According to the National Institutes of Health (NIH), school-age children need at least 10 hours of sleep daily, teens need 9-10 hours, and adults need 7-8 hours lest we wish to welcome several potential and serious health risks. Unfortunately, the findings from a National Health Interview Survey showed that nearly 30% of adults reported an average of ≤6 hours of sleep per day while only 31% of high school students reported getting at least 8 hours of sleep on an average school night. That’s not good.

It’s hard to get to bed these days, let alone fall asleep. With so many devices on the nightstand and to-do lists cluttering up the mind, turning “off” is becoming a lost art. But with our health on the line, it’s a necessity.

Here are 9 Sleep Hacks to ensure you get the zzzzzzz’s your mind, body, and spirit require.


Get clear on your bedtime.

Back out seven to nine hours from your rise-and-shine moment so there’s no guesswork. For example, I wake up at 4:30 or 5:30 each morning so my bedtime is 9 p.m. If we aren’t mindful of when our head needs to hit the pillow, we easily let the hours and minutes roll by robbing us of precious time we could be slumbering.


Do deep breathing exercises.

In times of stress or if the music and darkness aren’t enough, try deep breathing exercises, such as box breathing. To do box breathing, close your eyes, put your hands on your belly, and inhale through your nose for four seconds. Hold the breath for four seconds. Then exhale, pushing the air out through your lips for four seconds. Focus on each outgoing breath carrying away the tension or stress from the day.


Wake up naturally.

Wake up without an alarm once a week, if possible. Those of you with kids or early morning responsibilities each day of the wee may not have this luxury. But if and when you can, take the opportunity to allow your body to wake up according to its own rhythm.


Stop caffeine 6 hours before bedtime.

This ought to be a no-brainer, but I need to be reminded of this occasionally. As a former coffee-guzzling maniac, I can tell you that you can wean yourself off, and once you do, it’s not so challenging to resist the urge to grab that late afternoon cup of joe.


Meditate and be grateful.

Meditation or gratitude practices are a great way to program positivity and quiet the mind. I do five minutes of Metta Meditation or reflect on my day to identify the moment or experience that I’m most grateful for. Doing these practices at bedtime is a great way to not only close the day with positivity but also to transition your thoughts from scattered and frantic to calm and reassuring.


Turn off electronics.

An hour before bedtime, turn off the TV and all electronics (yes, including your smart phone). These devices emanate a spectrum of light that suppresses melatonin, nature’s regulator of sleep-wake cycles. If you fail to shut them off, you may find yourself alert and unable to sleep. If you must be on your device (I confess, I like to do a crossword puzzle on my iPhone each night as a wind-down activity), install apps that block the spectrum of blue light wreaking havoc on your pineal gland, which produces melatonin.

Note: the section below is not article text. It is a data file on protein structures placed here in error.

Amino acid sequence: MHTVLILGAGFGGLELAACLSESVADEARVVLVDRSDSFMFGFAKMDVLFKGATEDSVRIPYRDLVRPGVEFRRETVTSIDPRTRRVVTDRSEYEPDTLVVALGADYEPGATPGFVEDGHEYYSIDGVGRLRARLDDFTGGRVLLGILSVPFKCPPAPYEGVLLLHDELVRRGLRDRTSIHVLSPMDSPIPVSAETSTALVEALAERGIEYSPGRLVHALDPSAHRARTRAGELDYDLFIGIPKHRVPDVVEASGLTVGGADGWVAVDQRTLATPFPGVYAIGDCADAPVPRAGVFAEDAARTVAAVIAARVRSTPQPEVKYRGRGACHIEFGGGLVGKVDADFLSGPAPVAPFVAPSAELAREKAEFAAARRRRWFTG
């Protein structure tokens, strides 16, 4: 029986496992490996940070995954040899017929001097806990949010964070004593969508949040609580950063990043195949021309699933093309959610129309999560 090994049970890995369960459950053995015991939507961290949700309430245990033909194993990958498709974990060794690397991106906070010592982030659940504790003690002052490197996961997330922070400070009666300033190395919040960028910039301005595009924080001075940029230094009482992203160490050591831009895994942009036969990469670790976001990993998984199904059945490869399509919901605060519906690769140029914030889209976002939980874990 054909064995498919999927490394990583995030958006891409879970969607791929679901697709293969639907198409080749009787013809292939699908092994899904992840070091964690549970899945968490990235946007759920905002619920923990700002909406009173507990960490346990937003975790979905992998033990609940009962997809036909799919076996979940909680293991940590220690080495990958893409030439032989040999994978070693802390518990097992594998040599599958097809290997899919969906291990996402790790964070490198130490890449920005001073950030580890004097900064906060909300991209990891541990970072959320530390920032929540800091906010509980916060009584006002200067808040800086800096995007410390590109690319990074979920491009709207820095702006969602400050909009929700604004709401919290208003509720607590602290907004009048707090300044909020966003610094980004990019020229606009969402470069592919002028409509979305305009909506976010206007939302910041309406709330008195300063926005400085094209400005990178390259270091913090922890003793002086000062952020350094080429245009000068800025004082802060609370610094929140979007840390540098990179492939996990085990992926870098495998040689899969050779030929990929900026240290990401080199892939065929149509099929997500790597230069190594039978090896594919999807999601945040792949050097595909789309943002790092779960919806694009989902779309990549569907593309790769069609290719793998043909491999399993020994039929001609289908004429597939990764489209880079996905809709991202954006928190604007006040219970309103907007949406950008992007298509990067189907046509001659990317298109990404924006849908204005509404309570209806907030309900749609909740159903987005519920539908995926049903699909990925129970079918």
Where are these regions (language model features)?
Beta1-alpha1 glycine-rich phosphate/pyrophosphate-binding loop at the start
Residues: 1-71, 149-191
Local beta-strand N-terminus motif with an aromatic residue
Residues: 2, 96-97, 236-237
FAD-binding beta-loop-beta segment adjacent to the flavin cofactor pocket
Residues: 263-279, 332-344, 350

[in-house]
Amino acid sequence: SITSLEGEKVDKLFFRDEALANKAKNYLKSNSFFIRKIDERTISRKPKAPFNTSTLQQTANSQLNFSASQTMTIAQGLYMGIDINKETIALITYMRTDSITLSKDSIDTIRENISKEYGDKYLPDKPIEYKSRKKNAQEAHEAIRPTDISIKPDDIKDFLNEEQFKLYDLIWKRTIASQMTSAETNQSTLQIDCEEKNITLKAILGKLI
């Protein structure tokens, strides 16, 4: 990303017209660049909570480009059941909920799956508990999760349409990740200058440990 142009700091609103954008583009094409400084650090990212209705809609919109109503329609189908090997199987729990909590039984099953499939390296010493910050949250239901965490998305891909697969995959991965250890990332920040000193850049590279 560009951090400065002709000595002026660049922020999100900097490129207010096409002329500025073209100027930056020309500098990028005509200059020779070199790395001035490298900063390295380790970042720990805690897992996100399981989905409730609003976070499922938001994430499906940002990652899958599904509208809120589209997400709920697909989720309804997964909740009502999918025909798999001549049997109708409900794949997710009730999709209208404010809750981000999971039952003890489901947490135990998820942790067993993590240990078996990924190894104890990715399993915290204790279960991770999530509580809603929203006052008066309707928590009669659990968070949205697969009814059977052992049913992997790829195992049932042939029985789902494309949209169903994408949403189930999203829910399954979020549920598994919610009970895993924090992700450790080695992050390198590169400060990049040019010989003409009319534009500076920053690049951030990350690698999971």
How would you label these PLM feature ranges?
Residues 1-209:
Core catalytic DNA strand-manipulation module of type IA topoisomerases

Darken your room.

At bedtime, cover all flashing lights in your bedroom so it is as dark as possible. Turn your digital alarm clock so it’s not facing you or drape a towel over it. After all, it’s the sound you need—not the visual. Install black-out shades. And that blinking stereo light? Put black electrical tape over it. In essence, shut down your room so your body can shut down.


Put on relaxing sounds.

Search for relaxation or calm meditation stations on your favorite music app, such as Spotify. There you’ll find luscious, spa-like music that is sure to calm. I prefer white noise and have an app called Sleep Machine where I can dial up three sounds (waves, rain, and a fan) and mix them in such a way that it sends me off to dreamland. If you aren’t sure what’s right for you, experiment!


Take a nap.

If all else fails, take a nap. As multiple research studies have indicated, we need at least seven hours of sleep each night to maintain our health. In those rare circumstances when you are unable to achieve this, take a fifteen- to twenty minute restorative nap during the day. In fact, anytime you sense a need for additional sleep—even if you got your nine hours of sleep the night before—take a nap. Your body knows what it needs.

If you find yourself still struggling to sleep after multiple attempts using multiple approaches, see a sleep specialist. You may have an underlying condition that is preventing you from attaining and maintaining healthy sleep cycles. For example, sleep apnea can disturb our sleep cycles yet not rouse us enough to notice that we have experienced an interruption. By all means, if you toss and turn during the night or wake up on a regular basis feeling tired or experiencing a headache, reach out to a specialist.

For the rest of you, be kind to your nervous system; allow it time to rest and repair. This is the yin, the downtime, to the yang, the uptime. Remember, everything is cyclical. To access our highest potential in the dawning of each day, we must embrace and welcome the quiet power in the closing of each day.

What sleep hacks or bedtime practices do you employ that produce positive results?

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Halley Bock is the author and founder of Life, Incorporated.

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